This is an easy week for me as I already use both Dropbox and Google Drive (although I’m embarrassed to say I didn’t realise it was no longer Google Docs). It’s useful though to think about how I use each one and clarify what I find irritating.
Overall I am a huge fan of Dropbox. I signed up almost two years ago now when my computer hard drive self-distructed. By incredible good luck (you might say providence) I had backed up on my external hard drive the night before, but the experience was nonetheless sufficiently harrowing for me to decide I needed another back up as well. The peace of mind which is created by watching the tiny green tick appear on the Dropbox desktop icon, showing all your work is saved in the cloud, is a daily comfort to me!
So, I started out with Dropbox as a simple back up option, but it’s since become useful in two other ways as my working methods have developed. Firstly, when I became involved in running the ‘Things‘ seminar at CRASSH it allowed us to create a shared folder so we can work on budgets, advertising, email templates etc as a group. It’s quite satisfying to watch other people work as the update icons flash up on your screen! Secondly, as I got an iPad and a decent smart phone, Dropbox has enabled me to access my work anywhere. You might say this is dangerous given how PhDs take over your life in any case, but it means I can go on short library trips with just my iPad and still access all of my work, as well as checking things on my phone in an emergency. This is especially useful since the iPad app has been updated to allow you to upload directly to Dropbox. Working on the train is now my most productive time.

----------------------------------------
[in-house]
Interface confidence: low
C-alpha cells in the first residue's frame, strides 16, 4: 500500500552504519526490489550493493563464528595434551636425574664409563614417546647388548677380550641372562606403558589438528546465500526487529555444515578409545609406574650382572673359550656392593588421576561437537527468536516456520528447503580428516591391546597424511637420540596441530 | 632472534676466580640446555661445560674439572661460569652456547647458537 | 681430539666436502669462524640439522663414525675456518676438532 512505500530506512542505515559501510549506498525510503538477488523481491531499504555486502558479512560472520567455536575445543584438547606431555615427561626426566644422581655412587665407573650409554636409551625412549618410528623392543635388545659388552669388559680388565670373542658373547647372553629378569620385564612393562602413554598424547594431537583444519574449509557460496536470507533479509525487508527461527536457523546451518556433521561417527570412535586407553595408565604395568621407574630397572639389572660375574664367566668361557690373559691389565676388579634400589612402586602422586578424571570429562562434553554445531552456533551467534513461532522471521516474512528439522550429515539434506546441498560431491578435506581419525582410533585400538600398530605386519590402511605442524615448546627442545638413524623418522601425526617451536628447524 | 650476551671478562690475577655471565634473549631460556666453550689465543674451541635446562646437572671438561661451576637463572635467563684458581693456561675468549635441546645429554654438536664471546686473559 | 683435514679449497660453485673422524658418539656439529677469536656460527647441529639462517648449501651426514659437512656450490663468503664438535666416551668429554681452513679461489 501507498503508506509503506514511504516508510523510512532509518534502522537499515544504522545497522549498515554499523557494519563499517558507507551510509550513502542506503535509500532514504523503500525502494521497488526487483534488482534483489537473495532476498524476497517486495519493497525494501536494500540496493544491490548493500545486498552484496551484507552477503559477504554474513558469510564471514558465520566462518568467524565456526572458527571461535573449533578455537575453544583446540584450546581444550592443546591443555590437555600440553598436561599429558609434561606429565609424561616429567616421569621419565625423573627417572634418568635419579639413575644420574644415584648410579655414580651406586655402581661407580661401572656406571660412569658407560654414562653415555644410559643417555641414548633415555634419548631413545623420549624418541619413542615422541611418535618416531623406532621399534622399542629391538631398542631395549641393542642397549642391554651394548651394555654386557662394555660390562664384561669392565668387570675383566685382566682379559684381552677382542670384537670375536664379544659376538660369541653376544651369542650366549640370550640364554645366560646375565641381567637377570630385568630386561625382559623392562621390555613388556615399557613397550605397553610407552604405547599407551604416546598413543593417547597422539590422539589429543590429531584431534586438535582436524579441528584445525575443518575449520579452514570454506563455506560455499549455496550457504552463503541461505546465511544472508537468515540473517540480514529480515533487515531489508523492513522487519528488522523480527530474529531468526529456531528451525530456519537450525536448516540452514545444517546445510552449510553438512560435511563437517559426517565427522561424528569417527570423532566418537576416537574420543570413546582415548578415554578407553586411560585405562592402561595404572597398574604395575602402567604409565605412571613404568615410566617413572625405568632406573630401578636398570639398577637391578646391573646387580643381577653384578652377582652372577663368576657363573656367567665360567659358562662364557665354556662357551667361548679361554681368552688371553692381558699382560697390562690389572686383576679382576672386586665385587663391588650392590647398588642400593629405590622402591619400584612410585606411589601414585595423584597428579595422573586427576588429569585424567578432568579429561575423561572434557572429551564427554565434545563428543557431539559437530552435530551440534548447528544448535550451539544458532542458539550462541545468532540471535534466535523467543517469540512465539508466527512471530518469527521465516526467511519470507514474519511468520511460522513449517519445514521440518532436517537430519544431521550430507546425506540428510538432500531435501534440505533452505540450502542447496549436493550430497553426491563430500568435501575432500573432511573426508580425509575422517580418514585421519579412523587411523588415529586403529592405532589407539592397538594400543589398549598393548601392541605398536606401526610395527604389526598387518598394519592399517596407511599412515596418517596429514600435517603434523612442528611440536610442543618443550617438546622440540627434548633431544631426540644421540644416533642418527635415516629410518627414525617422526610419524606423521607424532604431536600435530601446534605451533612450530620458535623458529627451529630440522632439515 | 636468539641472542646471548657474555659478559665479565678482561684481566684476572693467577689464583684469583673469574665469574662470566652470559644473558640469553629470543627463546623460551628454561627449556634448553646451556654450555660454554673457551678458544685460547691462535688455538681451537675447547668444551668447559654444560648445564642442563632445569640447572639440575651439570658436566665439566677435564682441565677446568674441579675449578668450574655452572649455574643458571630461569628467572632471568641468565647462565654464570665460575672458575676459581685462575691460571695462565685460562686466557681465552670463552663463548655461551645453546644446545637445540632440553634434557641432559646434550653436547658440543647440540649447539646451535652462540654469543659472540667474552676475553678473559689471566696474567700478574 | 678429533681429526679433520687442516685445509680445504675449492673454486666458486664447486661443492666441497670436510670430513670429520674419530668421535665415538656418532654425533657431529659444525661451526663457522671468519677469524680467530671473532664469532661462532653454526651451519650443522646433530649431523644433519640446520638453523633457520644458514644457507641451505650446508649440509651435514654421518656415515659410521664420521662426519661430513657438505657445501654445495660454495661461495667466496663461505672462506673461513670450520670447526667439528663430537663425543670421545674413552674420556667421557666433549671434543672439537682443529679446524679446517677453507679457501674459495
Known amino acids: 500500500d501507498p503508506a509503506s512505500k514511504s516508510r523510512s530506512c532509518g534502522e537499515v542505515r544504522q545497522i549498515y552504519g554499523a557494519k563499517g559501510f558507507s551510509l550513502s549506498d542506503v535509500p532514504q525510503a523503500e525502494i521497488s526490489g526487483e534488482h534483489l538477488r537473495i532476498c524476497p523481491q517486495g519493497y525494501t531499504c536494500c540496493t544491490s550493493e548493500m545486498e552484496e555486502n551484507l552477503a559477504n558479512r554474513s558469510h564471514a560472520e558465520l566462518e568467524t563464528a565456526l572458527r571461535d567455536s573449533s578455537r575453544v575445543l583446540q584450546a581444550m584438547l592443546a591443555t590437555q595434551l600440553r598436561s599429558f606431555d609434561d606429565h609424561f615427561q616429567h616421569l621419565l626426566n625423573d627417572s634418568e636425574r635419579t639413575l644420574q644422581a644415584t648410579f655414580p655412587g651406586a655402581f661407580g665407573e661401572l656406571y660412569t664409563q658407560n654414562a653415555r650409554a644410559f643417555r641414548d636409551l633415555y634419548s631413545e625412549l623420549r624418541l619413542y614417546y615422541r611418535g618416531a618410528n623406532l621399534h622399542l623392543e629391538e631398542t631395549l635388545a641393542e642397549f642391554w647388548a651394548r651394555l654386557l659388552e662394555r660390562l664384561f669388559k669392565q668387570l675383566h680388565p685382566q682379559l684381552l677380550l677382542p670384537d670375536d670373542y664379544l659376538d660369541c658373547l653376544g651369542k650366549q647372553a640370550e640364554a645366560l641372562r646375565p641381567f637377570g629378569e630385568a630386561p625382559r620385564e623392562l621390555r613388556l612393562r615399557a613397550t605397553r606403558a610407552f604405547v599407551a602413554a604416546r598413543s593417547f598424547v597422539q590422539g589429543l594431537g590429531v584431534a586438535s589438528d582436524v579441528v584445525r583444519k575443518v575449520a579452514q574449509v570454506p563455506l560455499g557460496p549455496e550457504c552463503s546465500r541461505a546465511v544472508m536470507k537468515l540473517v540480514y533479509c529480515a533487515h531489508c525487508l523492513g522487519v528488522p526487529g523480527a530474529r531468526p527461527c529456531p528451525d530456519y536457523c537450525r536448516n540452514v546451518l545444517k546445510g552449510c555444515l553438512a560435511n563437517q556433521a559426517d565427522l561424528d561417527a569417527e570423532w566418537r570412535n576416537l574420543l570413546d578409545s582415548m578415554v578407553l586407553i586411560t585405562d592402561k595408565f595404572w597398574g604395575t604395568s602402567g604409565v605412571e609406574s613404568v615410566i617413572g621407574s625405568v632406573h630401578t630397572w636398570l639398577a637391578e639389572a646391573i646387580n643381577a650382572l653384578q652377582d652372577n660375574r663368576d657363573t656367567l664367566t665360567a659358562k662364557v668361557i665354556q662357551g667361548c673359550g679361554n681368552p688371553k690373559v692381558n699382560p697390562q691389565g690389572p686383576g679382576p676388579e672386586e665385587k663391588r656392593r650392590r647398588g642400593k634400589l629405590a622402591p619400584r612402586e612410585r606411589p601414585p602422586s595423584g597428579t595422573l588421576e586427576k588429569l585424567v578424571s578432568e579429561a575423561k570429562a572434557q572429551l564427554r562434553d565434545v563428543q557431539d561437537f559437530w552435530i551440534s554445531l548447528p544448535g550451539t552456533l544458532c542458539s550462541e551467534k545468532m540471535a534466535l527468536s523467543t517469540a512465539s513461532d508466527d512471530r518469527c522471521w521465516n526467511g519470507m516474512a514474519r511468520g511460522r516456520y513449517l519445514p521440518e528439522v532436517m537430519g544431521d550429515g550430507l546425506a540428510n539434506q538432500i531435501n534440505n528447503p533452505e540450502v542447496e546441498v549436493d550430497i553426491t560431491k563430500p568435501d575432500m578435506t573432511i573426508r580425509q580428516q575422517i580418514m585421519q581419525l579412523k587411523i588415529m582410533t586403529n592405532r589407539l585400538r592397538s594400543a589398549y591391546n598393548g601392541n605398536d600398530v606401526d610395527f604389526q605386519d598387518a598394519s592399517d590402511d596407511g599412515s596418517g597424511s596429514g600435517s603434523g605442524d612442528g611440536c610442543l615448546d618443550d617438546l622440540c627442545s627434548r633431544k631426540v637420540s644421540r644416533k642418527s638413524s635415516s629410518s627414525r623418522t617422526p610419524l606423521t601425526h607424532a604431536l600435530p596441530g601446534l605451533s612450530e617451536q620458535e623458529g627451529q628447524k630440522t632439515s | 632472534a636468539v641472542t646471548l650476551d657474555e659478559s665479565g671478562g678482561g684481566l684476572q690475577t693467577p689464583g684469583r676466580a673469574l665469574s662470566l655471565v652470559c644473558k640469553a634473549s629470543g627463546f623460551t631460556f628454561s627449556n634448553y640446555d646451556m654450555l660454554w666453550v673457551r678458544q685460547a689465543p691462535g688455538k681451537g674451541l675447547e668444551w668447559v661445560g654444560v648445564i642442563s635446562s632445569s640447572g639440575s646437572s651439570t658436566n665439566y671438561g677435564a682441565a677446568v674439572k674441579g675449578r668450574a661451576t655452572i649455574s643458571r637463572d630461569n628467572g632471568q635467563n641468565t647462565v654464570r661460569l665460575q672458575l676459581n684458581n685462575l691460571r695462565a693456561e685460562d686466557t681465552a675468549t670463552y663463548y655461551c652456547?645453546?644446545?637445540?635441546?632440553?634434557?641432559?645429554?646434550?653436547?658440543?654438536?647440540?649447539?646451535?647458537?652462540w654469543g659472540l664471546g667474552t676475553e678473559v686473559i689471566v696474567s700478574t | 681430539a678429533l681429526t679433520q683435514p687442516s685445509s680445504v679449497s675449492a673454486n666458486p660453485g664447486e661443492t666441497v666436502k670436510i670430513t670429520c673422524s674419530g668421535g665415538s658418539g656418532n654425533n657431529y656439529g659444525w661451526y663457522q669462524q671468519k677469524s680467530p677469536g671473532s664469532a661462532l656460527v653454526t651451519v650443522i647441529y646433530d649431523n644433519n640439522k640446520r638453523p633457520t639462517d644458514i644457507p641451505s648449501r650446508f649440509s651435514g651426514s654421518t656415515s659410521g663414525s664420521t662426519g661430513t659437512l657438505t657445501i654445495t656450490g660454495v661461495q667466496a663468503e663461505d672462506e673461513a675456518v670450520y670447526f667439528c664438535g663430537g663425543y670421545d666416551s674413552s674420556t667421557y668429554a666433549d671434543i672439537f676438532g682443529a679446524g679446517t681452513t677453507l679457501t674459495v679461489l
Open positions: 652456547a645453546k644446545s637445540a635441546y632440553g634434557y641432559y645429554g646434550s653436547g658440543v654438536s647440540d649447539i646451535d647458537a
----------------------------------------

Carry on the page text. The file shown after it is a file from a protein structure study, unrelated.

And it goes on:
However, there is one big annoyance with Dropbox, which I don’t seem to be able to solve. With a shared folder, there is nothing to stop multiple people opening and editing a document at the same time, meaning you end up with conflicted copies. Dropbox saves these but then it seems to be impossible to delete them. However hard we try they magically reappear! This is a problem which Google Drive doesn’t have as all editing happens online allowing multiple edits to be saved at once. I’ve used this particularly for spreadsheets when planning events with multiple people. I think this is useful in such circumstances when you only need the one document, but for more complex sharing like ‘Things’ Dropbox is still more useful. Also (as Helen says), Dropbox allows you to edit offline, and I like the fact that the documents are still on my computer.
Overall, I think I’m happy with my current strategies. One of the joys of a MacBook is having Time Machine backup which likewise automatically keeps regular copies of your entire computer system. But as my PhD draws to a close, and every painful word written becomes more important, maybe I’ll put it all on Google Drive too. The less opportunity for my human error the better!